You may have heard about this story last year, when it took place near Bellingham, Washington. Samantha Frances Brooks, 24, and Ellen Brennan Reiche, 28, are two far-left activists who were caught placing a shunt on the train tracks. These pieces of wire, which are connected from one side of the track to the other, work in a simple (yet terrifying) manner.
They mimic the electrical signal that is generated when trains pass over the tracks, confusing the automatic control system in the process. These signals are supposed to keep trains from having the chance to crash into one another. This is a stunt that was taking place on a shockingly regular basis last year.
When the aforementioned pair was initially apprehended, over 40 shunts had been placed on train tracks in the Bellingham region. In one shocking instance, a train that was full of hazardous materials was tricked into automatically breaking. The train was separated into two parts once the couplings came apart. Fortunately, a derailment did not take place in a residential area.
Finally, local authorities and a joint terrorism task force (JTTF) were assigned to the case. They did their best to try and figure out who was responsible. At this time, an anonymous letter was sent to It’s Going Down. This pro-Antifa site was urging people to place shunts on the tracks as a means of showing solidarity with Canadian protesters. These citizens were protesting the construction of a pipeline in their country.
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At long last, Brooks and Ellen Brennan Reiche were caught in the act. They made the mistake of stepping in front of a game camera. Hot Air has more when it comes to their arrest:
“The camera transmitted a photo showing one person standing on the tracks and what looked like a second person crouched over the tracks. Deputies were sent to investigate and while they were headed to the location a Deputy Chief opened his laptop and witnesses a tracking signal appear and disappear at the location where the individuals had just been seen as if someone were tampering with the tracks. At that point, he contacted the JTTF task force.
When authorities arrived at the location, Brooks and Reiche tried to run for it but stopped after police identified themselves. They claimed they had lost their keys and were looking for them on the tracks. Asked if they had a flashlight or a phone to help them look, Reiche said she’d left her phone in her car nearby. Authorities looked at the car and took a photo of the “Indigenous Land” sticker above on the bumper (see above). Remember, these track shunt actions were originally done in solidarity with indigenous protesters in Canada.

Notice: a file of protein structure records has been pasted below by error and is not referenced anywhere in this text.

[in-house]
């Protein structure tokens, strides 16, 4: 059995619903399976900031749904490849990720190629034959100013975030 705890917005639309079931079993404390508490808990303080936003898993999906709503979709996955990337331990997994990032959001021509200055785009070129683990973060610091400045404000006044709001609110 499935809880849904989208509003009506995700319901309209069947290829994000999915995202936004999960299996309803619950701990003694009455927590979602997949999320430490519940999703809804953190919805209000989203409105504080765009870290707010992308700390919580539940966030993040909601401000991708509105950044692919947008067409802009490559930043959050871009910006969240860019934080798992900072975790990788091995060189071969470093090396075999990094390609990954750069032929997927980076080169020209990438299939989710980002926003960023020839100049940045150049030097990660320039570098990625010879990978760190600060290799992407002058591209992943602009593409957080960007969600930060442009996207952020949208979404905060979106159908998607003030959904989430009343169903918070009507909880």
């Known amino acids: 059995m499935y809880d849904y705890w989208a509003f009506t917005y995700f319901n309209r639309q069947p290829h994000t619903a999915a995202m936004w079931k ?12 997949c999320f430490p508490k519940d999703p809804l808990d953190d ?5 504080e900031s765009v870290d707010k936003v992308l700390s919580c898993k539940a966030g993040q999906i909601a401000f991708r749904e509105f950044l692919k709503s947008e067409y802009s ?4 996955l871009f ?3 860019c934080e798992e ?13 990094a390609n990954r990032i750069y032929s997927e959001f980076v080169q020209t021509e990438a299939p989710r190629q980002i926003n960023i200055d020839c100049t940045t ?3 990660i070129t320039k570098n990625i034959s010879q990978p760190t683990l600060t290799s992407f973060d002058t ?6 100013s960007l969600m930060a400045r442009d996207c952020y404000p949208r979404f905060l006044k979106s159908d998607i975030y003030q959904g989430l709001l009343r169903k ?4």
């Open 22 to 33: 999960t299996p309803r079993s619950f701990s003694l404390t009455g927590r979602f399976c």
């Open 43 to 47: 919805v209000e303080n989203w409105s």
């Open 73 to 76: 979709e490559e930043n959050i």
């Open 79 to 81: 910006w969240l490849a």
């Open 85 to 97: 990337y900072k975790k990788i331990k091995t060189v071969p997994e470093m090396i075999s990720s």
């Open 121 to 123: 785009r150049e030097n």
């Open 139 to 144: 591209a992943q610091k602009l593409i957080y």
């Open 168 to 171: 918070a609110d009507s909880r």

Police found a shunt on the tracks in exactly the location where the photo had been triggered earlier and Reiche was holding a paper bag that contained rubber gloves, a Makita drill with a wire brush attachment and some insulated wire “similar to what had been used in previous shunting incidents.” Authorities noted that in previous incidents the tracks had been scuffed with something like a wire brush to ensure a solid connection to the wire.”
Justice.gov provided more information about their eventual conviction (Brooks will be sentenced next month):
“A 28-year-old Bellingham, Washington woman was convicted today in U.S. District Court in Seattle of violence against a railroad carrier, announced Acting U.S. Attorney Tessa M. Gorman. Ellen Brennan Reiche was one of two people arrested on the BNSF Railway tracks near Bellingham, near midnight on November 28, 2020. Reiche was convicted of placing a ‘shunt’ – a device that interferes with train signals – on the tracks. The jury deliberated about three hours following the two-day trial. Reiche faces up to 20 years in prison when sentenced by Chief U.S. District Judge Ricardo S. Martinez on December 17, 2021…
In her closing argument, Assistant United States Attorney Sok Jiang told the jury, Reiche “disrupted the signal system designed to stop trains from crashing into each other or crashing into cars…. A car driving through the intersection (near the shunt) would not have warning that a train was coming.”